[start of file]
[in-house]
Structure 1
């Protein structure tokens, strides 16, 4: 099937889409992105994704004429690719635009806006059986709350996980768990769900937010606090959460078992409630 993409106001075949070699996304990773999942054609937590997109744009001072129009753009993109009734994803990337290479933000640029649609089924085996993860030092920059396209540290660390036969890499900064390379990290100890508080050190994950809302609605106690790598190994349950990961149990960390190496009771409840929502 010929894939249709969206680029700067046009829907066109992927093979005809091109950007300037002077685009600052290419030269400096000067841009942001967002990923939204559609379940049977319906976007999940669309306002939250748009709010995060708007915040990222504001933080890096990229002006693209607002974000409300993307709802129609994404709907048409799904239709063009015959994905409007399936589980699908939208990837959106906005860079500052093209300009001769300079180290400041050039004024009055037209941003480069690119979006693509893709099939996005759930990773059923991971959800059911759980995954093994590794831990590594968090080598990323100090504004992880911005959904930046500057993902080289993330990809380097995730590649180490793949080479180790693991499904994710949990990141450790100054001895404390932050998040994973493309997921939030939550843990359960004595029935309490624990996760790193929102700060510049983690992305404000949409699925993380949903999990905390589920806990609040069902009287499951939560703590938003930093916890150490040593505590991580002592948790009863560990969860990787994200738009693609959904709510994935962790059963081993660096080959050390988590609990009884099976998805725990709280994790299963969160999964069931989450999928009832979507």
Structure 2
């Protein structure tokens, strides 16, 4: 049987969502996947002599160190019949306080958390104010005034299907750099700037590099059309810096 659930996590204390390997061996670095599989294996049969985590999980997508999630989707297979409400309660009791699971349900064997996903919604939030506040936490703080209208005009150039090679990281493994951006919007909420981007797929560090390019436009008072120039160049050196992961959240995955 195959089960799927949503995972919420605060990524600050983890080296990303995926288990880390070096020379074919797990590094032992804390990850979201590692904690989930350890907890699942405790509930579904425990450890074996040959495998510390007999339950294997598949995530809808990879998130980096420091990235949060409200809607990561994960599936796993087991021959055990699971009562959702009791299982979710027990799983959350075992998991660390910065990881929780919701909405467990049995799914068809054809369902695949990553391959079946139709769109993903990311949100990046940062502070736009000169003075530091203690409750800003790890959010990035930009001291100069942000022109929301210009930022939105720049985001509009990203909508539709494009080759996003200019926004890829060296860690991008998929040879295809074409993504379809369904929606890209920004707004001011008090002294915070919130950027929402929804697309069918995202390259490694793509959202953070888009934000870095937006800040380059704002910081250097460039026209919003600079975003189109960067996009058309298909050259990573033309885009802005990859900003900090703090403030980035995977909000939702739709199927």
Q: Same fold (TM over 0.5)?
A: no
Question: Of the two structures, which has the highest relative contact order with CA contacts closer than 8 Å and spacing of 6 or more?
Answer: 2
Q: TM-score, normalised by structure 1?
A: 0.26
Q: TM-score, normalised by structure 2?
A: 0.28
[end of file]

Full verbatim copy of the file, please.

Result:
[in-house]
Structure 1
């Protein structure tokens, strides 16, 4: 099937889409992105994704004429690719635009806006059986709350996980768990769900937010606090959460078992409630 993409106001075949070699996304990773999942054609937590997109744009001072129009753009993109009734994803990337290479933000640029649609089924085996993860030092920059396209540290660390036969890499900064390379990290100890508080050190994950809302609605106690790598190994349950990961149990960390190496009771409840929502 010929894939249709969206680029700067046009829907066109992927093979005809091109950007300037002077685009600052290419030269400096000067841009942001967002990923939204559609379940049977319906976007999940669309306002939250748009709010995060708007915040990222504001933080890096990229002006693209607002974000409300993307709802129609994404709907048409799904239709063009015959994905409007399936589980699908939208990837959106906005860079500052093209300009001769300079180290400041050039004024009055037209941003480069690119979006693509893709099939996005759930990773059923991971959800059911759980995954093994590794831990590594968090080598990323100090504004992880911005959904930046500057993902080289993330990809380097995730590649180490793949080479180790693991499904994710949990990141450790100054001895404390932050998040994973493309997921939030939550843990359960004595029935309490624990996760790193929102700060510049983690992305404000949409699925993380949903999990905390589920806990609040069902009287499951939560703590938003930093916890150490040593505590991580002592948790009863560990969860990787994200738009693609959904709510994935962790059963081993660096080959050390988590609990009884099976998805725990709280994790299963969160999964069931989450999928009832979507």
Structure 2
């Protein structure tokens, strides 16, 4: 049987969502996947002599160190019949306080958390104010005034299907750099700037590099059309810096 659930996590204390390997061996670095599989294996049969985590999980997508999630989707297979409400309660009791699971349900064997996903919604939030506040936490703080209208005009150039090679990281493994951006919007909420981007797929560090390019436009008072120039160049050196992961959240995955 195959089960799927949503995972919420605060990524600050983890080296990303995926288990880390070096020379074919797990590094032992804390990850979201590692904690989930350890907890699942405790509930579904425990450890074996040959495998510390007999339950294997598949995530809808990879998130980096420091990235949060409200809607990561994960599936796993087991021959055990699971009562959702009791299982979710027990799983959350075992998991660390910065990881929780919701909405467990049995799914068809054809369902695949990553391959079946139709769109993903990311949100990046940062502070736009000169003075530091203690409750800003790890959010990035930009001291100069942000022109929301210009930022939105720049985001509009990203909508539709494009080759996003200019926004890829060296860690991008998929040879295809074409993504379809369904929606890209920004707004001011008090002294915070919130950027929402929804697309069918995202390259490694793509959202953070888009934000870095937006800040380059704002910081250097460039026209919003600079975003189109960067996009058309298909050259990573033309885009802005990859900003900090703090403030980035995977909000939702739709199927």
Q: Same fold (TM over 0.5)?
A: no
Question: Of the two structures, which has the highest relative contact order with CA contacts closer than 8 Å and spacing of 6 or more?
Answer: 2
Q: TM-score, normalised by structure 1?
A: 0.26
Q: TM-score, normalised by structure 2?
A: 0.28